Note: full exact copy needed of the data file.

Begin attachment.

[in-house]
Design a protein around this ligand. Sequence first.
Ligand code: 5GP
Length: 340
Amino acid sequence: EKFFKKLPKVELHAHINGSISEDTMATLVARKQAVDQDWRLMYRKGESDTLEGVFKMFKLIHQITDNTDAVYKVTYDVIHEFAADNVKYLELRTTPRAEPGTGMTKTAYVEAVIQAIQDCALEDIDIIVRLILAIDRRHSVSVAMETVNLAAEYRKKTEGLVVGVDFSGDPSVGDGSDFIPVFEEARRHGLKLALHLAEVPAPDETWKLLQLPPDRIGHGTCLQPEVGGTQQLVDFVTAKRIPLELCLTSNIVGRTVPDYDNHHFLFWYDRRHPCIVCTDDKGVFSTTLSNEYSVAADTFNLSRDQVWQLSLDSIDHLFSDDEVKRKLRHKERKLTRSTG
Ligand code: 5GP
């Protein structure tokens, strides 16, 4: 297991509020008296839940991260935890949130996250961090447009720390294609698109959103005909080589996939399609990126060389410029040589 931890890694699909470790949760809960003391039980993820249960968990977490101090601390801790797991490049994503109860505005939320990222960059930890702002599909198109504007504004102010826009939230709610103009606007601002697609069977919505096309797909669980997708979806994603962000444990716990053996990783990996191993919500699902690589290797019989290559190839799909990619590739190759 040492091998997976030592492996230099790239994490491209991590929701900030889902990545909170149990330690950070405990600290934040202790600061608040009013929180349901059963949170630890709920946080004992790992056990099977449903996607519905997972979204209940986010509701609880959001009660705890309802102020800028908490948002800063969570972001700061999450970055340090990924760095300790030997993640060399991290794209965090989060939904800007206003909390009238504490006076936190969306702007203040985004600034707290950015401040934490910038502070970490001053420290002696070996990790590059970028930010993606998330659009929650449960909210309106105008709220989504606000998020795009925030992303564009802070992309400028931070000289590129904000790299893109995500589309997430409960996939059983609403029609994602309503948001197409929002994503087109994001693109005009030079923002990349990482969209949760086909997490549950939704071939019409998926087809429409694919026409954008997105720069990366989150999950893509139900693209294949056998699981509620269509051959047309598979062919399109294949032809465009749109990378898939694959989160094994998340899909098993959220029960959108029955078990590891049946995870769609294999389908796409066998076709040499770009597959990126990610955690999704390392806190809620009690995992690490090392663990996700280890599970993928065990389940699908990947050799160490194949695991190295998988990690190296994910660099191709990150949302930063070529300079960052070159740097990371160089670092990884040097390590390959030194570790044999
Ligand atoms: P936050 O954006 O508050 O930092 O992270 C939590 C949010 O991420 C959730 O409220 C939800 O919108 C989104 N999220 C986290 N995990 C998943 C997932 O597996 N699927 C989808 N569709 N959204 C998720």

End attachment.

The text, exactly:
[in-house]
Design a protein around this ligand. Sequence first.
Ligand code: 5GP
Length: 340
Amino acid sequence: EKFFKKLPKVELHAHINGSISEDTMATLVARKQAVDQDWRLMYRKGESDTLEGVFKMFKLIHQITDNTDAVYKVTYDVIHEFAADNVKYLELRTTPRAEPGTGMTKTAYVEAVIQAIQDCALEDIDIIVRLILAIDRRHSVSVAMETVNLAAEYRKKTEGLVVGVDFSGDPSVGDGSDFIPVFEEARRHGLKLALHLAEVPAPDETWKLLQLPPDRIGHGTCLQPEVGGTQQLVDFVTAKRIPLELCLTSNIVGRTVPDYDNHHFLFWYDRRHPCIVCTDDKGVFSTTLSNEYSVAADTFNLSRDQVWQLSLDSIDHLFSDDEVKRKLRHKERKLTRSTG
Ligand code: 5GP
């Protein structure tokens, strides 16, 4: 297991509020008296839940991260935890949130996250961090447009720390294609698109959103005909080589996939399609990126060389410029040589 931890890694699909470790949760809960003391039980993820249960968990977490101090601390801790797991490049994503109860505005939320990222960059930890702002599909198109504007504004102010826009939230709610103009606007601002697609069977919505096309797909669980997708979806994603962000444990716990053996990783990996191993919500699902690589290797019989290559190839799909990619590739190759 040492091998997976030592492996230099790239994490491209991590929701900030889902990545909170149990330690950070405990600290934040202790600061608040009013929180349901059963949170630890709920946080004992790992056990099977449903996607519905997972979204209940986010509701609880959001009660705890309802102020800028908490948002800063969570972001700061999450970055340090990924760095300790030997993640060399991290794209965090989060939904800007206003909390009238504490006076936190969306702007203040985004600034707290950015401040934490910038502070970490001053420290002696070996990790590059970028930010993606998330659009929650449960909210309106105008709220989504606000998020795009925030992303564009802070992309400028931070000289590129904000790299893109995500589309997430409960996939059983609403029609994602309503948001197409929002994503087109994001693109005009030079923002990349990482969209949760086909997490549950939704071939019409998926087809429409694919026409954008997105720069990366989150999950893509139900693209294949056998699981509620269509051959047309598979062919399109294949032809465009749109990378898939694959989160094994998340899909098993959220029960959108029955078990590891049946995870769609294999389908796409066998076709040499770009597959990126990610955690999704390392806190809620009690995992690490090392663990996700280890599970993928065990389940699908990947050799160490194949695991190295998988990690190296994910660099191709990150949302930063070529300079960052070159740097990371160089670092990884040097390590390959030194570790044999
Ligand atoms: P936050 O954006 O508050 O930092 O992270 C939590 C949010 O991420 C959730 O409220 C939800 O919108 C989104 N999220 C986290 N995990 C998943 C997932 O597996 N699927 C989808 N569709 N959204 C998720």